When hardcore-rock bands go acoustic, the result usually falls somewhere between the cheesiness of hair-metal love ballads — Poison’s “Every Rose Has Its Thorn” — and the autotune-free whining of unplugged frontmen — Saosin’s “Seven Years (acoustic).” But when LA-based rockers The Bronx decided to make an acoustic album, instead of converting their high-energy jams into listless covers, they channeled the sound they experienced as native Angelenos into original mariachi songs and created a Mexican alter ego that has taken a course all its own.
The Bronx has been an integral part of LA’s music scene since 2003’s self-titled album introduced a heart-thumping blend of East Coast hardcore and California garage punk that defies genre labels. Unlike their contemporaries, The Bronx has little interest in financial gain, image or overproduced recording techniques, and despite signing with Island/Def Jam, their second self-titled album was released through their own label, White Drugs. In 2007, after countless international tours and shows in venues from bars to barns, The Bronx announced plans for two upcoming albums.
The first, another self-titled recording, was released in November of last year and found the heavy-rock five piece giving its vicious riffs more classic rock texture. The second, a self-described mariachi album, was slightly more ambitious. While playing shows in cities around the world, The Bronx became Mariachi el Bronx, turning their respect for the oomping soundtrack of LA’s ethnic neighborhoods into their own English-language mariachi songs. Once back home, the non-Hispanic members of The Bronx added traditional Mexican instruments and new members to play them — including the son of David Hidalgo of Los Lobos. The band bought authentic black velvet mariachi outfits and debuted the results of the cultural mixture to unsuspecting fans at Bronx shows.
Finally, after a year and a half of showing off, Mariachi el Bronx’s debut album, el Bronx, finally hits record stores today, showcasing a hybrid sound that aligns itself with our multi-cultural megalopolis as much as with our neighbors to the south.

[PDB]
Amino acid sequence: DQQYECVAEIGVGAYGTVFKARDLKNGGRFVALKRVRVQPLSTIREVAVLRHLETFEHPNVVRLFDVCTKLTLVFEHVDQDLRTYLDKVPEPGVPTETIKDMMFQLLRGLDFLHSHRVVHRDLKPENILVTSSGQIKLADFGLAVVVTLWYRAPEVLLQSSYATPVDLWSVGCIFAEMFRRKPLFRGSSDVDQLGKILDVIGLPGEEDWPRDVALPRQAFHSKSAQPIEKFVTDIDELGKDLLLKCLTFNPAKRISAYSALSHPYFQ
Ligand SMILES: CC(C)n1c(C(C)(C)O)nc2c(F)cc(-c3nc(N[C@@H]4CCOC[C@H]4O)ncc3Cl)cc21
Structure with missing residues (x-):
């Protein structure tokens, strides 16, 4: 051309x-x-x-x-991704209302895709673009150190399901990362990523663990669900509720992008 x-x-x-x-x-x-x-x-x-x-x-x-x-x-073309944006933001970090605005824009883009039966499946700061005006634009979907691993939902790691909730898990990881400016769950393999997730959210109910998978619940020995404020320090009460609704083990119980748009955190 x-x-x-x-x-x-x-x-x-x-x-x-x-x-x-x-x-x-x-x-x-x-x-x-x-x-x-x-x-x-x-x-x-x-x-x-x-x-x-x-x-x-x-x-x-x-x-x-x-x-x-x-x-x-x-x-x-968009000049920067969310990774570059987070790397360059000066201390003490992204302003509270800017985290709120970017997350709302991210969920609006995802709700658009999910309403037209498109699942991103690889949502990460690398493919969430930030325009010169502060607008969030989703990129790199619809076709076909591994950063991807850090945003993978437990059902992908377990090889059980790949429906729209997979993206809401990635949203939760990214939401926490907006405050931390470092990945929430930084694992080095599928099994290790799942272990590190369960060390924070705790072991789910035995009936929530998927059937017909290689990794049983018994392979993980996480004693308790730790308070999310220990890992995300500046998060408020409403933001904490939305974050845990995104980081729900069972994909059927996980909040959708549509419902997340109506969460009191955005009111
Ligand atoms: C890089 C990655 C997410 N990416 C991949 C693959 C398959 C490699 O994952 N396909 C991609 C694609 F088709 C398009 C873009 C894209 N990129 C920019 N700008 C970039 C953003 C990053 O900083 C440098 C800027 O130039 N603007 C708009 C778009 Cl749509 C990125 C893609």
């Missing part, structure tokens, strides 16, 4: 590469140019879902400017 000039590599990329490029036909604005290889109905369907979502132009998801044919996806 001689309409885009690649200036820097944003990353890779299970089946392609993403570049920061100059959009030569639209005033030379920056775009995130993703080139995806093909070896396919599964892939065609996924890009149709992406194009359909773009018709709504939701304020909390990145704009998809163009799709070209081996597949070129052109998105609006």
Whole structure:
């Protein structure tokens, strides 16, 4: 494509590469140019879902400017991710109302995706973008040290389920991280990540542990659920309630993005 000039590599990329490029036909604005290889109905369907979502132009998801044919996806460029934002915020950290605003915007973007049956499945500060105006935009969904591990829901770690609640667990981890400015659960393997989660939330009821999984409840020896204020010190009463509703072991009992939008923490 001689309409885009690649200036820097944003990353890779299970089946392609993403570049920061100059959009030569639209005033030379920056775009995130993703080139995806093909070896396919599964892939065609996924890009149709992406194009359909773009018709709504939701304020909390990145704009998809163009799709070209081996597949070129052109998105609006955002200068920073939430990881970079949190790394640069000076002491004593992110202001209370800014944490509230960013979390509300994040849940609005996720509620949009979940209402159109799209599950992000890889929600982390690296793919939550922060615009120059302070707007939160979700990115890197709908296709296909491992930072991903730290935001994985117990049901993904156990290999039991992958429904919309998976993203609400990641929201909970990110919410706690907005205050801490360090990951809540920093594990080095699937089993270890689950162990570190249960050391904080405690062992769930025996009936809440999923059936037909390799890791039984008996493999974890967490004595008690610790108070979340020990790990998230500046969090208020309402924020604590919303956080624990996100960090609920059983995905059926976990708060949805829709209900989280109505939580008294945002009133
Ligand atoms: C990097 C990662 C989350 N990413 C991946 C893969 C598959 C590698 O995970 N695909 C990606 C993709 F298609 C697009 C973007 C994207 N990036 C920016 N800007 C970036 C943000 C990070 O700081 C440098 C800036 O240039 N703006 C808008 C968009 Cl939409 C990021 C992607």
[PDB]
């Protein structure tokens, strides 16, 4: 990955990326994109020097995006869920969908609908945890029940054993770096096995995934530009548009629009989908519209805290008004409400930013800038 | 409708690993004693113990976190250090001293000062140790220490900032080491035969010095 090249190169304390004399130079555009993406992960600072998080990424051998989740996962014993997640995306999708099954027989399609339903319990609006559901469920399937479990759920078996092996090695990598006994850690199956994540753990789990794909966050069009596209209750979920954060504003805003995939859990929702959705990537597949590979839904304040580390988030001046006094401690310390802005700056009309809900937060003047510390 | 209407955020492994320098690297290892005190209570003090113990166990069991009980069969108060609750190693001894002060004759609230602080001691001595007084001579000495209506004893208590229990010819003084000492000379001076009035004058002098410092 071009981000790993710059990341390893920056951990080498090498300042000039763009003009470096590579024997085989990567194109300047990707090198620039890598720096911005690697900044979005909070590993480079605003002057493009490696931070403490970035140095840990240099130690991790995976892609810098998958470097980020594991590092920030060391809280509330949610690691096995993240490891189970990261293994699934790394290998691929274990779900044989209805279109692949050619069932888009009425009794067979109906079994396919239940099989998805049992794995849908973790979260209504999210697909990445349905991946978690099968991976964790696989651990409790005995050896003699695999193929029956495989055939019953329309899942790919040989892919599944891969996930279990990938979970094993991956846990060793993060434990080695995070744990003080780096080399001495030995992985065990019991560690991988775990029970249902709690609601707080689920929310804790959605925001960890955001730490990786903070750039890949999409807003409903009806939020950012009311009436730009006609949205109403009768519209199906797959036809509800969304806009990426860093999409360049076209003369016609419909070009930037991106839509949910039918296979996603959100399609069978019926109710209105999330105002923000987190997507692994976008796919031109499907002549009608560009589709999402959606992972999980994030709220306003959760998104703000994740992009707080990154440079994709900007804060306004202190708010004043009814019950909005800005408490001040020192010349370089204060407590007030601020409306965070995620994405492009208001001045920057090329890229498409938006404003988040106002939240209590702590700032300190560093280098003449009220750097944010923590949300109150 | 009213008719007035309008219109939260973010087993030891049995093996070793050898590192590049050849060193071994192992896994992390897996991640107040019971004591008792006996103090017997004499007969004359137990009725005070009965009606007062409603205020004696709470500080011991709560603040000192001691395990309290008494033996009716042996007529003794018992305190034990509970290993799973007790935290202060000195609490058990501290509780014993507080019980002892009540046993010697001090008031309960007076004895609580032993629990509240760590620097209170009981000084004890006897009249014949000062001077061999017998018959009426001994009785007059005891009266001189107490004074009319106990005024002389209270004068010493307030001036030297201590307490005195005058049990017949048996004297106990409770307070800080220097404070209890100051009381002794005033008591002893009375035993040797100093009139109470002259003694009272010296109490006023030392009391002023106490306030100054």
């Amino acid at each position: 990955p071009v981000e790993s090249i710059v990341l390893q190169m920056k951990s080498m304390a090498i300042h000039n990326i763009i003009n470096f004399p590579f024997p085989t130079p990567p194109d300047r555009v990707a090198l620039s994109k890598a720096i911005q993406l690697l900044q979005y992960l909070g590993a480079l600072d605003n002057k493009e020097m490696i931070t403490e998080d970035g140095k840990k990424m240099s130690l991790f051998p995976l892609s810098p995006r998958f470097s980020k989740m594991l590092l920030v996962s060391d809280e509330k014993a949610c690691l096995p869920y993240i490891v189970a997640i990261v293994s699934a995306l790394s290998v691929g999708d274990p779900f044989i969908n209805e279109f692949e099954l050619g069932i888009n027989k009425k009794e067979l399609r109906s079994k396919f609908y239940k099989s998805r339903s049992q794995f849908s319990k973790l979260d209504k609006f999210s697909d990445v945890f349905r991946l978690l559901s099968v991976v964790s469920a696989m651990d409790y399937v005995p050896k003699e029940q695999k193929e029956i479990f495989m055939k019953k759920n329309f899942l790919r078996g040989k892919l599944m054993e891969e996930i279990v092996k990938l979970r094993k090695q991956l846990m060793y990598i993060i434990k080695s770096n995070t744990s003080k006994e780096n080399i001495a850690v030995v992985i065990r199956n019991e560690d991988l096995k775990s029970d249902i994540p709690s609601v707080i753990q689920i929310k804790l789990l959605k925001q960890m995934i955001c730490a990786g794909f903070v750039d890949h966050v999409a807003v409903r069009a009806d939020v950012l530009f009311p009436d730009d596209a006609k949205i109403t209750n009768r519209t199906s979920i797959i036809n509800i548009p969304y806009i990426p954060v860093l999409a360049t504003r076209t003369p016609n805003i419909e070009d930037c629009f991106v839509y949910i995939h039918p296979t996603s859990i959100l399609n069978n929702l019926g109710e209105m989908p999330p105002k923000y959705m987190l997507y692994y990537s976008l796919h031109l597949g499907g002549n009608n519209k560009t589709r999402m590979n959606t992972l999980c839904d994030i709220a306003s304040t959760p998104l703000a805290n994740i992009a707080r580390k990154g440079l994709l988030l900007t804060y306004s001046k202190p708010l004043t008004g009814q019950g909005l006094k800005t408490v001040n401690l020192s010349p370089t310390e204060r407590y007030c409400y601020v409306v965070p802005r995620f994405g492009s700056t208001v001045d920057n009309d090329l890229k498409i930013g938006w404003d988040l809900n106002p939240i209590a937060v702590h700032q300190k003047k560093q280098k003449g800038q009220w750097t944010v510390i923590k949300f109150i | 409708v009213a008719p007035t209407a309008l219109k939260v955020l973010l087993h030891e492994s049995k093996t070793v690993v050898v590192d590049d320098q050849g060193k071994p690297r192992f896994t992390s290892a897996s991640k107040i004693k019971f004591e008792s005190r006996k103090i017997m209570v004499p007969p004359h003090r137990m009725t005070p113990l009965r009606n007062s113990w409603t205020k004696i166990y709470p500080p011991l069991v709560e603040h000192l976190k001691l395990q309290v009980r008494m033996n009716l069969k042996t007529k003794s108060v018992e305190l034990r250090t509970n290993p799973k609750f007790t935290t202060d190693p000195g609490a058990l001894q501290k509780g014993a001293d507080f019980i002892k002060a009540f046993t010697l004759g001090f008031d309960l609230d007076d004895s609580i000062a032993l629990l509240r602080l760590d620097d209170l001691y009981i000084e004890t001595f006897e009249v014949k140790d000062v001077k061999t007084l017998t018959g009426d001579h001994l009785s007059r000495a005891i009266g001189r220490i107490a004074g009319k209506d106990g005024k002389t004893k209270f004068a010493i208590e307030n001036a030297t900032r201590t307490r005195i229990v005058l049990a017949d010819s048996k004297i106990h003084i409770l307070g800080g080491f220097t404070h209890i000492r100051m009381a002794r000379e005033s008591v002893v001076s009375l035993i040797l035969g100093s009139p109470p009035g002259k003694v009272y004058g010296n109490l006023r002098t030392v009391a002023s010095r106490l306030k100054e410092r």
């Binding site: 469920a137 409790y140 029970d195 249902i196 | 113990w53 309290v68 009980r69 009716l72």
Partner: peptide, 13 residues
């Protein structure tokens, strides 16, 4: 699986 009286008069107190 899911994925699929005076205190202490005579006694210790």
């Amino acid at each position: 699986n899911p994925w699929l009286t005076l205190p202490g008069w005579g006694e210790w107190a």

Trying to make a regional Mexican album while keeping cred as a hardcore band is a feat in and of itself, but Mariachi el Bronx prove its true interest in the Mexican music that swirled around the band members growing up in Los Angeles. They created an album that captures the essence of Chicano life near the border without offending citizens on either side. Although its concept plays off the different types of Hispanic music present in LA, el Bronx is, compositionally, a rock album. The tempo and structure of each song is the same as other high-energy Bronx songs, but with vihuelas replacing electric guitars and rock riffs masterfully replaced with authentic Mexican sons — or sounds.
Opening song “Cell Mates” characterizes the album, ripping in with fanfare trumpets and intense strums of an acoustic guitar that, for an instant, could be heard during a walk down Olvera Street. But then singer Matt Caughthran comes in with melodic English-language lyrics and instantly turns what could have been a disastrous, tacky mariachi attempt into a complex, catchy and compelling piece that transmits a message of love and hope. Other regional Mexican music shines through as well, like the jarocho style of Veracruz found in “Quinceanera” or the simple guitar-only essence of bolero in “Sleepwalking.”
The concept behind Mariachi el Bronx is brilliant. The album infuses acoustic Bronx-punk with a variety of traditional Mexican sounds like an Echo Park sidestreet. The mix is so right-on, the music might as well be blaring from the speakers of a Hispanic neighbor’s birthday party. Where el Bronx, falters, however, is in its themes. Although its beats and riffs are whitewashed to some degree, the overly dramatic themes of traditional Spanish-language songs remain throughout. Instead of trying to portray a true taste of life around the Mexican-American border, Mariachi el Bronx falls victim to extreme romantic notions, which detracts from its musical message. Definitely worth listening to, but not to be taken seriously, el Bronx is a product of its creators’ upbringing in an increasingly mixed-up world.